In the above preferred embodiment of the present invention, the collapsible wire frame 14 has a cylindrical shape. In an alternative embodiment of the present invention, the collapsible wire frame has a cubical shape. In yet another embodiment of the present invention, as shown in FIG. 5A, the collapsible wire frame 16 has a rectangular shape formed of four support legs 12A and 12B respectively attached on one end to the four corners of a lower support frame 11. The other ends of the four support legs 12A and 12B are respectively attached to the four corners of an upper support frame 13. As can be appreciated by a person skilled in the art, this embodiment is adapted to fit within a conventional rectangular motion sickness bag. In fact, conventional motion sickness bags can be retrofitted to incorporate frame 16 as depicted in FIGS. 5A, 5B and 5C.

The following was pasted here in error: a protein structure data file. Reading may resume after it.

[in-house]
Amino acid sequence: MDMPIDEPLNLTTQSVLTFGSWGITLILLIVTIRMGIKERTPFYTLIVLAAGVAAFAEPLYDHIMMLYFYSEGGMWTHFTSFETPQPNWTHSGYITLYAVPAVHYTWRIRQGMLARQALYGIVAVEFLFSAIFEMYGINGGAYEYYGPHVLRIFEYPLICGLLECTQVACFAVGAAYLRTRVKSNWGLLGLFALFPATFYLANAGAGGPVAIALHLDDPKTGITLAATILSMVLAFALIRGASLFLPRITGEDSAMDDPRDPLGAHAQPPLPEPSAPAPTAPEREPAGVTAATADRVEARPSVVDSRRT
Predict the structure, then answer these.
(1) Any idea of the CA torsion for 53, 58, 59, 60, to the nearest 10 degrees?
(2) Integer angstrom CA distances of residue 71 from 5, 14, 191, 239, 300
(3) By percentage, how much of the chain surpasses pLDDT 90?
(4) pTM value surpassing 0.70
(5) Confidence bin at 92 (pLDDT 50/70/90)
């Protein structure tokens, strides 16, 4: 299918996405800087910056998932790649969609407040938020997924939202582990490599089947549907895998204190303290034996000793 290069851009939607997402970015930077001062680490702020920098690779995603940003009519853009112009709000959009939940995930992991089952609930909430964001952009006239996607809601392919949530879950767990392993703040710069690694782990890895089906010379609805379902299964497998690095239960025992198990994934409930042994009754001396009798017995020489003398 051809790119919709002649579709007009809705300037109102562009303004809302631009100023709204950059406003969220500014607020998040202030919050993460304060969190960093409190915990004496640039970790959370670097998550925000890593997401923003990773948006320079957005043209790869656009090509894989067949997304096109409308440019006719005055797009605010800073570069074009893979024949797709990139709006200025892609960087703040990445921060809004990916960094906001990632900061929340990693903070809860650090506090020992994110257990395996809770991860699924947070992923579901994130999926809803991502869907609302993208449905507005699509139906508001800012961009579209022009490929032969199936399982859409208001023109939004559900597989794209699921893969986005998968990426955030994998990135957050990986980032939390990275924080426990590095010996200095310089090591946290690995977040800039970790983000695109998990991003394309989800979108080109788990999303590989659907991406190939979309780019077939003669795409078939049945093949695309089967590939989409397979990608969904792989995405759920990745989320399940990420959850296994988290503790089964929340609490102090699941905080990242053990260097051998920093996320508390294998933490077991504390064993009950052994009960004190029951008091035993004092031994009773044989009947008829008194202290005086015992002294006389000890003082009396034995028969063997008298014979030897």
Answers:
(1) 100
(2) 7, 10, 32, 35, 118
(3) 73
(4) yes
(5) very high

FIG. 5A demonstrates frame 16 in an uncompressed state forming a rectangular parallelepiped. FIG. 5B demonstrates frame 16 in a partially compressed state, which corresponds to the folding of the side panels of a conventional motion sickness bag. FIG. 5C demonstrates frame 16 in a more fully compressed state, which corresponds to the folding of the bottom panel of the conventional motion sickness bag.

FIG. 5C also demonstrates how the support legs 12A and 12B are respectively connected to corners 15A and 15B of the rectangular lower support frame 11. When frame 16 is compressed, legs 12A fold over the lower support frame 11 bending at corners 15A. Legs 12B also fold over the lower support frame 11, bending at corners 15B and bending as well at points 15C on legs 12B. The bends at points 15C are a distance up legs 12B approximately one half the width of lower support frame 11.